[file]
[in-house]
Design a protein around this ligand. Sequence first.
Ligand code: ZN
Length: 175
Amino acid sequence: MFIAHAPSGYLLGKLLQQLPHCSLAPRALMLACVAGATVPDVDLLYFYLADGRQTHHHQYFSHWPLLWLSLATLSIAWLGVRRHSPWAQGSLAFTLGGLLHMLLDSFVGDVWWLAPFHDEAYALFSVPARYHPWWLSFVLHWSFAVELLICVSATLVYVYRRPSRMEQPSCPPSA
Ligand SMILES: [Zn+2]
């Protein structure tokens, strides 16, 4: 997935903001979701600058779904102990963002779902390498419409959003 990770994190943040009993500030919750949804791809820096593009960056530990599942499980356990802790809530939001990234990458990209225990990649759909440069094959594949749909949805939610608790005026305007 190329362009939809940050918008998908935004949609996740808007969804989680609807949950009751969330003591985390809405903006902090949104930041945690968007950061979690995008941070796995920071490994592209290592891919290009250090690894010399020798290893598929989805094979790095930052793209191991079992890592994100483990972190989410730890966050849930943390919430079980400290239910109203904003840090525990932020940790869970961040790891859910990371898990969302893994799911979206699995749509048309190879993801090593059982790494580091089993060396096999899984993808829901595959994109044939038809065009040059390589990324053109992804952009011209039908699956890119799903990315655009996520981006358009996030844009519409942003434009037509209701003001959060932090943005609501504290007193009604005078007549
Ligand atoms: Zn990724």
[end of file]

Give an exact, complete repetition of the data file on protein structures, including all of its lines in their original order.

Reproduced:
[in-house]
Design a protein around this ligand. Sequence first.
Ligand code: ZN
Length: 175
Amino acid sequence: MFIAHAPSGYLLGKLLQQLPHCSLAPRALMLACVAGATVPDVDLLYFYLADGRQTHHHQYFSHWPLLWLSLATLSIAWLGVRRHSPWAQGSLAFTLGGLLHMLLDSFVGDVWWLAPFHDEAYALFSVPARYHPWWLSFVLHWSFAVELLICVSATLVYVYRRPSRMEQPSCPPSA
Ligand SMILES: [Zn+2]
């Protein structure tokens, strides 16, 4: 997935903001979701600058779904102990963002779902390498419409959003 990770994190943040009993500030919750949804791809820096593009960056530990599942499980356990802790809530939001990234990458990209225990990649759909440069094959594949749909949805939610608790005026305007 190329362009939809940050918008998908935004949609996740808007969804989680609807949950009751969330003591985390809405903006902090949104930041945690968007950061979690995008941070796995920071490994592209290592891919290009250090690894010399020798290893598929989805094979790095930052793209191991079992890592994100483990972190989410730890966050849930943390919430079980400290239910109203904003840090525990932020940790869970961040790891859910990371898990969302893994799911979206699995749509048309190879993801090593059982790494580091089993060396096999899984993808829901595959994109044939038809065009040059390589990324053109992804952009011209039908699956890119799903990315655009996520981006358009996030844009519409942003434009037509209701003001959060932090943005609501504290007193009604005078007549
Ligand atoms: Zn990724």